Joyous news in the Telegraph. The piece is by Robert Mendick, the paper’s Chief Reporter, and it was published online less than 90 minutes ago. He starts:
For two centuries, she has ruled the nation’s bookshelves. [Hmm, only slightly hyperbolic…] Now she is set to dominate the public’s purses and wallets as well.
Jane Austen, long revered as the greatest of female novelists, [What does that say about female novelists? No wonder women have their own literary awards.] is about to break new ground 200 years after her death – by appearing simultaneously on a coin and a bank note. [Female multi-tasking at its finest, posthumous.]
No man has managed such an honour in a generation. Only the Queen, who as head of state must be depicted on British currency, will be more prevalent.
Needless to say, Mendick had to refer in his article to Caroline Criado-Bloody-Perez OBE, winner of a number of our awards – Lying Feminist of the Month (three times), Toxic Feminist of the Month, Gormless Feminist of the Month, and Whiny Feminist of the Month (twice). She was an inaugural member of The Whine Club in 2013.
Extracts from two of Jane Austen’s letters, cited in the Oxford Book of Quotations:
I think I may boast myself to be, with all possible vanity, the most unlearned and uninformed female who ever dared to be an authoress. (Letter, 11 December 1815)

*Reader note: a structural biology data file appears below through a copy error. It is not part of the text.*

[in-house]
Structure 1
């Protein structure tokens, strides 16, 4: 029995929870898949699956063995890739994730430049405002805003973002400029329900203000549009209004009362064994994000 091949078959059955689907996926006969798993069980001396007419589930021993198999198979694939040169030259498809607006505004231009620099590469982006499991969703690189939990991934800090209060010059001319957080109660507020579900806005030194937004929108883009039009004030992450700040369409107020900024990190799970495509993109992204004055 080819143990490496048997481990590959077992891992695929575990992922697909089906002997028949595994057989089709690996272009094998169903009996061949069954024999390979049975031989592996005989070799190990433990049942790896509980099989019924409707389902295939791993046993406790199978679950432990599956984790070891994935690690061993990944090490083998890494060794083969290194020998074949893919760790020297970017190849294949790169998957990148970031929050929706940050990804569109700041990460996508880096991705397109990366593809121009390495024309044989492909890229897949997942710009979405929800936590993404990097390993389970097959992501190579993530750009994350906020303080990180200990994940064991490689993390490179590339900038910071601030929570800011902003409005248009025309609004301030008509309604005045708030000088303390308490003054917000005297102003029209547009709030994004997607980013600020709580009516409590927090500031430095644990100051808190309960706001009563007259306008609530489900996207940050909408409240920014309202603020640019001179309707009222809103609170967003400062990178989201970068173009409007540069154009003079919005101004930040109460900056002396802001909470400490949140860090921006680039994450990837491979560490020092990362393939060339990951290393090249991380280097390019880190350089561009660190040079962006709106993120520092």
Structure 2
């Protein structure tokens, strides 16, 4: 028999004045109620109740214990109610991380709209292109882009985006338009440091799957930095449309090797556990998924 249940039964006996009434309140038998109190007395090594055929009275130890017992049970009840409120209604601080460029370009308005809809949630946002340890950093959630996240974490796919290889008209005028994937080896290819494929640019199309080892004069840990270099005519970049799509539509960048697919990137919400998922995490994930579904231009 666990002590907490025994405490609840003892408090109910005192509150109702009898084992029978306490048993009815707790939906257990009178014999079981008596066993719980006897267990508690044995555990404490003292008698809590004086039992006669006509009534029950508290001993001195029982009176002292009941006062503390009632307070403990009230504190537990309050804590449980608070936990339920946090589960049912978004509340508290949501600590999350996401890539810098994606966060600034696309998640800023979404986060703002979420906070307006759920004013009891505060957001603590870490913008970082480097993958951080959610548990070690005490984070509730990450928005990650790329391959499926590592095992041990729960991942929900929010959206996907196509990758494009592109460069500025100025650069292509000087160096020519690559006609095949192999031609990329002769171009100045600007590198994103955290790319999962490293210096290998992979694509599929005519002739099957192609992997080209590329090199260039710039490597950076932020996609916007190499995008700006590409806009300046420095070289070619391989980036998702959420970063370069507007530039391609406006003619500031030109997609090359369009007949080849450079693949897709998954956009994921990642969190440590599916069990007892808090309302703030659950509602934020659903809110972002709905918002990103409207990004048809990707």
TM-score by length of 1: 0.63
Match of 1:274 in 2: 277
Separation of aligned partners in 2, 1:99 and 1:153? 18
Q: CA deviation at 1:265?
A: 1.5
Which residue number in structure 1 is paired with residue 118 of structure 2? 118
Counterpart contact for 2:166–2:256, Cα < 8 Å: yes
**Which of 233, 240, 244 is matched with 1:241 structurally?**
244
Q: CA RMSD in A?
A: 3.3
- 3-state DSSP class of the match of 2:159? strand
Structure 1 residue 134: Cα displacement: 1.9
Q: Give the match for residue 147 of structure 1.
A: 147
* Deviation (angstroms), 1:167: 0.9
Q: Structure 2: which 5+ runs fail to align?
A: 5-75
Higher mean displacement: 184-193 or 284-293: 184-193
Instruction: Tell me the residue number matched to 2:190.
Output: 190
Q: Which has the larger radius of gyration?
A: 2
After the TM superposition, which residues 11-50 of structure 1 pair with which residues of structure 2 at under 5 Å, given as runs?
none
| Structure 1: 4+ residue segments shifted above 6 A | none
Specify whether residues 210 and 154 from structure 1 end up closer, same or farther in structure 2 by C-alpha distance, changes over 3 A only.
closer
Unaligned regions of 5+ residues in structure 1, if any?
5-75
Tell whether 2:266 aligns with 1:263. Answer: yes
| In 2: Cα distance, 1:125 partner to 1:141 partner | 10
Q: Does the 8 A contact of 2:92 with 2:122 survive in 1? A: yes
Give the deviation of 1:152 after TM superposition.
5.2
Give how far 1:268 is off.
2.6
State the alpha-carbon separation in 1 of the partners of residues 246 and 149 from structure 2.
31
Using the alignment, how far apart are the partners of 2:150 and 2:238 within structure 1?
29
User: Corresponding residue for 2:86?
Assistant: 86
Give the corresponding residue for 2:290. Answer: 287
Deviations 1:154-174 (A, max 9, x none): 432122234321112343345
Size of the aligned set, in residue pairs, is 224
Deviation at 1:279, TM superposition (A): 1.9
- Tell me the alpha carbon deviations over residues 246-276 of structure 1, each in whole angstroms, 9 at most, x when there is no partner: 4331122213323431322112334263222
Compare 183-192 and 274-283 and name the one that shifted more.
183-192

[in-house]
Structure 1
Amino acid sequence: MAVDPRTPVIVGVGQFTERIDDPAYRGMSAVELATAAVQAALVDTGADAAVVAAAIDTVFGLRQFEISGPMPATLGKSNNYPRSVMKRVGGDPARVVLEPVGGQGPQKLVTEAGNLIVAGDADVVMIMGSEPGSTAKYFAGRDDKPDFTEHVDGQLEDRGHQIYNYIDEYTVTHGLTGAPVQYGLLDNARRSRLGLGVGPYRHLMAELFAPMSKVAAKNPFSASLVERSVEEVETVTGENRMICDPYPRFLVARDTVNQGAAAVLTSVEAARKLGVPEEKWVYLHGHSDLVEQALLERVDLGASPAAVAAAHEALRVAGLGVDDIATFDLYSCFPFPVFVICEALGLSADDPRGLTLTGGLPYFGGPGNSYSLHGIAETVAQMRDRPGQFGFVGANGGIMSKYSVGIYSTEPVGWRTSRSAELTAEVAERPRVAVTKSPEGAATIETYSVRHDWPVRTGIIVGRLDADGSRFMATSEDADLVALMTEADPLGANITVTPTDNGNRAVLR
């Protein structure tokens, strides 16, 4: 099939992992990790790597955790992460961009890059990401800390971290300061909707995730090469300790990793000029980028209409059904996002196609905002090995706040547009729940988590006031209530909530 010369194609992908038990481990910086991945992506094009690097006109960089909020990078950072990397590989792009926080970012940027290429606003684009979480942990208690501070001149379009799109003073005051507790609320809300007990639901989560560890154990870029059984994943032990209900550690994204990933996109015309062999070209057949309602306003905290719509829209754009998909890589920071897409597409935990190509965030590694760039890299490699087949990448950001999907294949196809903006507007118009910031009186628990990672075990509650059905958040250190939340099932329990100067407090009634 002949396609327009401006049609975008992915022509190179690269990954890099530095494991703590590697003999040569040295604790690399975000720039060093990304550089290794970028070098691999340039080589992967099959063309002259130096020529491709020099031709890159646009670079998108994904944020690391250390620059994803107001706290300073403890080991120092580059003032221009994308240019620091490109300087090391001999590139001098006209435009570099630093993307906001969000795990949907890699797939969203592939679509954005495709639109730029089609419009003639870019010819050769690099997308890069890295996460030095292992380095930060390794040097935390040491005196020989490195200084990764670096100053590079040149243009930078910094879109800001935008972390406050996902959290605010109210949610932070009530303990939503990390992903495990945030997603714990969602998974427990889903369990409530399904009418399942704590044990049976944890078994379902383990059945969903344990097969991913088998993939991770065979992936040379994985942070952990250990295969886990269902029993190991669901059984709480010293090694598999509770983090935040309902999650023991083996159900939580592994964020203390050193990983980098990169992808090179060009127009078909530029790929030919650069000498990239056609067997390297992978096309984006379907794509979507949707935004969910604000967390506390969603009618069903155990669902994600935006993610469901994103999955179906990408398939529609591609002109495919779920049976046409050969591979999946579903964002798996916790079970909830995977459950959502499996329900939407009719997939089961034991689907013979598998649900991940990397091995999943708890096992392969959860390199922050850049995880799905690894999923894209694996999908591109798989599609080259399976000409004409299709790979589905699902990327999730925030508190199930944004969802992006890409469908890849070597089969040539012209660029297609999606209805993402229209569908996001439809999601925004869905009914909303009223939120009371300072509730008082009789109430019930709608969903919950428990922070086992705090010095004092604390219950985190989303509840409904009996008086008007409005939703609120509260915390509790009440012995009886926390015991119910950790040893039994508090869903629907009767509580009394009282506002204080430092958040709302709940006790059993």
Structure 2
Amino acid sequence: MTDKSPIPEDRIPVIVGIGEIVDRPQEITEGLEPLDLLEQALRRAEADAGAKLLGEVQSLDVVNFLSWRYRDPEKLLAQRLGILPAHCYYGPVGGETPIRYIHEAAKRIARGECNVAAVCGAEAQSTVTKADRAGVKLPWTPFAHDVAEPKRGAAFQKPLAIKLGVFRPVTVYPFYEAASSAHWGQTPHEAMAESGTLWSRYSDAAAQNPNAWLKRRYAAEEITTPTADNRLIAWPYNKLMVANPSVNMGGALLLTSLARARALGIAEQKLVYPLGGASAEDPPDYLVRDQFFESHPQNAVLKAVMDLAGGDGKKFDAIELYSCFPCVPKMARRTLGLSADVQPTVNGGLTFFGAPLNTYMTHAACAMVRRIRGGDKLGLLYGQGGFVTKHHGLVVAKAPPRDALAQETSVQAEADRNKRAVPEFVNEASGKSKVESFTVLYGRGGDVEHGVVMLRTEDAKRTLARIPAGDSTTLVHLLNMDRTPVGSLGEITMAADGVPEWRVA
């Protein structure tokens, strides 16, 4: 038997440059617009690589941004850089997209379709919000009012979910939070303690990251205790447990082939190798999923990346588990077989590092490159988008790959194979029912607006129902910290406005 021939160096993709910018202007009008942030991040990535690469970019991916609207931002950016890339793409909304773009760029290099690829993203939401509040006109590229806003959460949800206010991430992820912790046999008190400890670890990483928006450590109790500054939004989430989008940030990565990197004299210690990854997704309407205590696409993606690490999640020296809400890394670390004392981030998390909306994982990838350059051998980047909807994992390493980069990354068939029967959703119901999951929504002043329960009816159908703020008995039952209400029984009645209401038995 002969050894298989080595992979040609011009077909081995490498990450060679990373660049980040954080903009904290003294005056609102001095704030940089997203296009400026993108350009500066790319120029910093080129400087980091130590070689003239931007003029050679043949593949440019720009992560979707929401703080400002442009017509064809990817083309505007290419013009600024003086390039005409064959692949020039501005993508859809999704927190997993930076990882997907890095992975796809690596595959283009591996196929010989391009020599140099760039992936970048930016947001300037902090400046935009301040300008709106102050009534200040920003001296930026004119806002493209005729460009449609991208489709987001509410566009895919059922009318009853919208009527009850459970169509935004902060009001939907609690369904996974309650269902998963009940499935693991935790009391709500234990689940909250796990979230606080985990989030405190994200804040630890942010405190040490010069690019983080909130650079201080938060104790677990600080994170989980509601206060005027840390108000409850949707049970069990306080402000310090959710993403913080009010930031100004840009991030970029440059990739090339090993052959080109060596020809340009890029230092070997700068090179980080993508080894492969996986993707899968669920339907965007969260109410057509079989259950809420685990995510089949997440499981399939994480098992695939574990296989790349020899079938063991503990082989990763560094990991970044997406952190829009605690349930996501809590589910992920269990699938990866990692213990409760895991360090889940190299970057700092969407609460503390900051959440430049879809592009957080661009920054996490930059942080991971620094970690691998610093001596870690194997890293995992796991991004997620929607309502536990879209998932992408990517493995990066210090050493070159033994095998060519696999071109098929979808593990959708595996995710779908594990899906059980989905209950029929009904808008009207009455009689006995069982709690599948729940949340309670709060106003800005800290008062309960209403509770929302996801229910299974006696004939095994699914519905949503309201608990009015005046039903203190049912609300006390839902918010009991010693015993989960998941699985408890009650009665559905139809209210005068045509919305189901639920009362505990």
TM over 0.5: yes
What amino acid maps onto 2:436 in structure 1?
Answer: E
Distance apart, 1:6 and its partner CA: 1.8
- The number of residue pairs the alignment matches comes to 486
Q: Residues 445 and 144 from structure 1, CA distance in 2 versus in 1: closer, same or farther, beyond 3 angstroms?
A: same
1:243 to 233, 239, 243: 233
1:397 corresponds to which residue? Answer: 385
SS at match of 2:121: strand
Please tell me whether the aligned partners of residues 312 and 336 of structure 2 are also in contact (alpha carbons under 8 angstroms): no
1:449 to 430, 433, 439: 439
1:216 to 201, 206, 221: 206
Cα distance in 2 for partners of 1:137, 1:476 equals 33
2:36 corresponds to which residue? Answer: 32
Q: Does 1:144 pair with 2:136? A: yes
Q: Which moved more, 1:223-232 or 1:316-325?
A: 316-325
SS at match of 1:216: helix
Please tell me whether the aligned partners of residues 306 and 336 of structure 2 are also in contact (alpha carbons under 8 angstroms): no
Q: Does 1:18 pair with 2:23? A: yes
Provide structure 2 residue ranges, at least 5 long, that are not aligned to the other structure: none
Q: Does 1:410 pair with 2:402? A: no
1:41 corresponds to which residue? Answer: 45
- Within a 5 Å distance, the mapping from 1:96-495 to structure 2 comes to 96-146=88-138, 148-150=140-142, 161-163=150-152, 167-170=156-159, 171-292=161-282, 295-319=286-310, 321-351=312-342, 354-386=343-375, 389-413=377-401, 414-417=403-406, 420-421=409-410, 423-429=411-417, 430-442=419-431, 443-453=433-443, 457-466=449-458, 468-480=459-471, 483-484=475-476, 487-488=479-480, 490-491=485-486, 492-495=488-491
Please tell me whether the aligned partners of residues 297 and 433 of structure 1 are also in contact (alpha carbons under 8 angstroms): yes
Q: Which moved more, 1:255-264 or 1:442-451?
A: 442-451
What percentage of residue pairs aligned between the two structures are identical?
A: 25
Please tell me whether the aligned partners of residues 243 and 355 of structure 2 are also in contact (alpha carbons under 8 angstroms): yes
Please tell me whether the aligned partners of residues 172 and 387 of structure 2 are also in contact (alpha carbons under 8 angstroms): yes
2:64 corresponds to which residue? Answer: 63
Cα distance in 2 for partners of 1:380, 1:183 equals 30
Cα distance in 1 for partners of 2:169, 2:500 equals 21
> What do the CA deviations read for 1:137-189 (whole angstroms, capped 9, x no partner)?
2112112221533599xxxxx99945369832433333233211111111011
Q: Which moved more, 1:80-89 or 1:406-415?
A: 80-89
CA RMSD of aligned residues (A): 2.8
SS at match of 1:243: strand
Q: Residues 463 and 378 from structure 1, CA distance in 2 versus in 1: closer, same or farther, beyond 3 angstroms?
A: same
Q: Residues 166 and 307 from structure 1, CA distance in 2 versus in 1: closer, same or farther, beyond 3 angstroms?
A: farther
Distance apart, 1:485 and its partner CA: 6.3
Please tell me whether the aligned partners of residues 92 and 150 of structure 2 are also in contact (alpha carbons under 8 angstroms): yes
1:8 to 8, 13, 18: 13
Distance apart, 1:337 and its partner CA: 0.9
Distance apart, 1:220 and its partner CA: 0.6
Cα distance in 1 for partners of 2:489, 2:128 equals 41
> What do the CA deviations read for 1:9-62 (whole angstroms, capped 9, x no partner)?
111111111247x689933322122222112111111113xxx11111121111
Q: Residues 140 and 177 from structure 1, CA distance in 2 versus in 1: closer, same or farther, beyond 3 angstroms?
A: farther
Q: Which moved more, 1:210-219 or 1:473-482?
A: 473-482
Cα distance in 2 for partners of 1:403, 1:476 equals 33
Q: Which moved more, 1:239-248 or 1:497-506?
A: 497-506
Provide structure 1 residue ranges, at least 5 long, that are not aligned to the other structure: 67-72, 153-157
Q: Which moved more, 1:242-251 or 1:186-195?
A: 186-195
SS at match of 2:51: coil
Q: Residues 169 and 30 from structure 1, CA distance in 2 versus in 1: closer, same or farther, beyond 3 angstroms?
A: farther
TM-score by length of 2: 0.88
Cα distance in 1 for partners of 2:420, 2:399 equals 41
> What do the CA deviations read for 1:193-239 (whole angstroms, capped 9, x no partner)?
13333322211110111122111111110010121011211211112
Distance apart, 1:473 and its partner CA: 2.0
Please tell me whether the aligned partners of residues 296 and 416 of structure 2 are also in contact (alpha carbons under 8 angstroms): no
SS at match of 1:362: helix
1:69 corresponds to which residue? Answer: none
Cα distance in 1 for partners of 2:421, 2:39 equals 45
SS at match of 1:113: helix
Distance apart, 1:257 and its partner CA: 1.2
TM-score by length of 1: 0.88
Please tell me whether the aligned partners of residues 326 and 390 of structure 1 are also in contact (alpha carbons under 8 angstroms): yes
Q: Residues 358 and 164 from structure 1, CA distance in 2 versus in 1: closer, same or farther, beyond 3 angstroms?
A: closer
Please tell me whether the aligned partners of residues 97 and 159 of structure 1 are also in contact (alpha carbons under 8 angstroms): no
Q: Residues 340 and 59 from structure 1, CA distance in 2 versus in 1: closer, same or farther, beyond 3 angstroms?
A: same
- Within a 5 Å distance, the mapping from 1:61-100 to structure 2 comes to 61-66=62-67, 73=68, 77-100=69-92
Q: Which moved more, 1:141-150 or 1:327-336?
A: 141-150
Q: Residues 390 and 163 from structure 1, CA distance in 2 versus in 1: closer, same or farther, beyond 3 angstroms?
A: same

How horrible it is to have so many people killed! And what a blessing that one cares for none of them! (Letter to Cassandra Austen, 31 May 1811, after the Battle of Albuera, 16 May 1811.)
For the unvarnished truth about Jane Austen, we turn to Frances Wilson, Literary Critic of the Daily Mail. In August 2013 she wrote a splendid article for the paper, titled, ‘So dull. So over-rated. Jane Austen doesn’t deserve to be on the £10 note.’ An extract:
Austen, who died in 1817 at the age of 41, was the daughter of a Hampshire rector. She wrote six novels about well-to-do families in, for the most part, rural England.
The books are regularly lauded as among the finest in the English language. Fans find them bright and breezy, charming and romantic. In fact, they are boring, nasty and superficial. [My emphasis.]
The virgin from the vicarage is perfectly placed on a tenner — there could be no better home for her than the comfort of the cash-register.
A link to our blog piece and Frances Wilson’s article is here.
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